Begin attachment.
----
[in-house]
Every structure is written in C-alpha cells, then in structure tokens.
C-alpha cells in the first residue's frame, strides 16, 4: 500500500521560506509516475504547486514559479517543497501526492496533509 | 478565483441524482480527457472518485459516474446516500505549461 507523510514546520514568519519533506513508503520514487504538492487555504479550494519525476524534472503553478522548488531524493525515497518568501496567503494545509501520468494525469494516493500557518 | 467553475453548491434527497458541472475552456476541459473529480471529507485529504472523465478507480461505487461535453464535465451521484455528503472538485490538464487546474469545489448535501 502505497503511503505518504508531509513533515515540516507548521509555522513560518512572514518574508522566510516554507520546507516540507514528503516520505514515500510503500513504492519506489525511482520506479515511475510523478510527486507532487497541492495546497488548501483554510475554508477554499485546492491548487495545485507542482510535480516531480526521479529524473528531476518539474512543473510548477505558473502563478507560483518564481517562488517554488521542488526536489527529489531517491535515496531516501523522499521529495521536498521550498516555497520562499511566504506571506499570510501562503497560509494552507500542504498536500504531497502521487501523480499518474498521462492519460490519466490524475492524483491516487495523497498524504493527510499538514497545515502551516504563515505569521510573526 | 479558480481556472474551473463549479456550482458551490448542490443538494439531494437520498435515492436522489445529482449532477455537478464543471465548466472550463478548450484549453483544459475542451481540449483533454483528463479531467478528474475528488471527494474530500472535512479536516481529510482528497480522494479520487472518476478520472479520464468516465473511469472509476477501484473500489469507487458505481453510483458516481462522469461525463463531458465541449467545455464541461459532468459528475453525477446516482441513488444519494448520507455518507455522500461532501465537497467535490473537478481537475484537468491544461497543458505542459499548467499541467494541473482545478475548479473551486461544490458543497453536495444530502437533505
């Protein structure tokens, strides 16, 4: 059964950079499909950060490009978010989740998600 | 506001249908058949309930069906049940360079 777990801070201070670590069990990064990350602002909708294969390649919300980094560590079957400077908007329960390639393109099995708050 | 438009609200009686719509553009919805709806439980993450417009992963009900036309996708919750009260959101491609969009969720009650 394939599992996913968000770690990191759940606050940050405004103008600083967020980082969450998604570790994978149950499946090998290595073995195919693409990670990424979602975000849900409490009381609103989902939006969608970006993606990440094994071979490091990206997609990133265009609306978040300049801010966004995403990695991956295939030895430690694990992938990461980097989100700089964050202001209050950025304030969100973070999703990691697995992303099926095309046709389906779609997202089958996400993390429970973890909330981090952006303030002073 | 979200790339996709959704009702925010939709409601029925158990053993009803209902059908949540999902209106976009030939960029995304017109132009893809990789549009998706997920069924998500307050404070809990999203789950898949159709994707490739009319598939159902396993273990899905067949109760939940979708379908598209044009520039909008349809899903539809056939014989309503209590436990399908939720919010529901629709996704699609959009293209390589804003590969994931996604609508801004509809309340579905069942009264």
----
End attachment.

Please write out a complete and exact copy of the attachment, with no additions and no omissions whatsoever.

[in-house]
Every structure is written in C-alpha cells, then in structure tokens.
C-alpha cells in the first residue's frame, strides 16, 4: 500500500521560506509516475504547486514559479517543497501526492496533509 | 478565483441524482480527457472518485459516474446516500505549461 507523510514546520514568519519533506513508503520514487504538492487555504479550494519525476524534472503553478522548488531524493525515497518568501496567503494545509501520468494525469494516493500557518 | 467553475453548491434527497458541472475552456476541459473529480471529507485529504472523465478507480461505487461535453464535465451521484455528503472538485490538464487546474469545489448535501 502505497503511503505518504508531509513533515515540516507548521509555522513560518512572514518574508522566510516554507520546507516540507514528503516520505514515500510503500513504492519506489525511482520506479515511475510523478510527486507532487497541492495546497488548501483554510475554508477554499485546492491548487495545485507542482510535480516531480526521479529524473528531476518539474512543473510548477505558473502563478507560483518564481517562488517554488521542488526536489527529489531517491535515496531516501523522499521529495521536498521550498516555497520562499511566504506571506499570510501562503497560509494552507500542504498536500504531497502521487501523480499518474498521462492519460490519466490524475492524483491516487495523497498524504493527510499538514497545515502551516504563515505569521510573526 | 479558480481556472474551473463549479456550482458551490448542490443538494439531494437520498435515492436522489445529482449532477455537478464543471465548466472550463478548450484549453483544459475542451481540449483533454483528463479531467478528474475528488471527494474530500472535512479536516481529510482528497480522494479520487472518476478520472479520464468516465473511469472509476477501484473500489469507487458505481453510483458516481462522469461525463463531458465541449467545455464541461459532468459528475453525477446516482441513488444519494448520507455518507455522500461532501465537497467535490473537478481537475484537468491544461497543458505542459499548467499541467494541473482545478475548479473551486461544490458543497453536495444530502437533505
């Protein structure tokens, strides 16, 4: 059964950079499909950060490009978010989740998600 | 506001249908058949309930069906049940360079 777990801070201070670590069990990064990350602002909708294969390649919300980094560590079957400077908007329960390639393109099995708050 | 438009609200009686719509553009919805709806439980993450417009992963009900036309996708919750009260959101491609969009969720009650 394939599992996913968000770690990191759940606050940050405004103008600083967020980082969450998604570790994978149950499946090998290595073995195919693409990670990424979602975000849900409490009381609103989902939006969608970006993606990440094994071979490091990206997609990133265009609306978040300049801010966004995403990695991956295939030895430690694990992938990461980097989100700089964050202001209050950025304030969100973070999703990691697995992303099926095309046709389906779609997202089958996400993390429970973890909330981090952006303030002073 | 979200790339996709959704009702925010939709409601029925158990053993009803209902059908949540999902209106976009030939960029995304017109132009893809990789549009998706997920069924998500307050404070809990999203789950898949159709994707490739009319598939159902396993273990899905067949109760939940979708379908598209044009520039909008349809899903539809056939014989309503209590436990399908939720919010529901629709996704699609959009293209390589804003590969994931996604609508801004509809309340579905069942009264």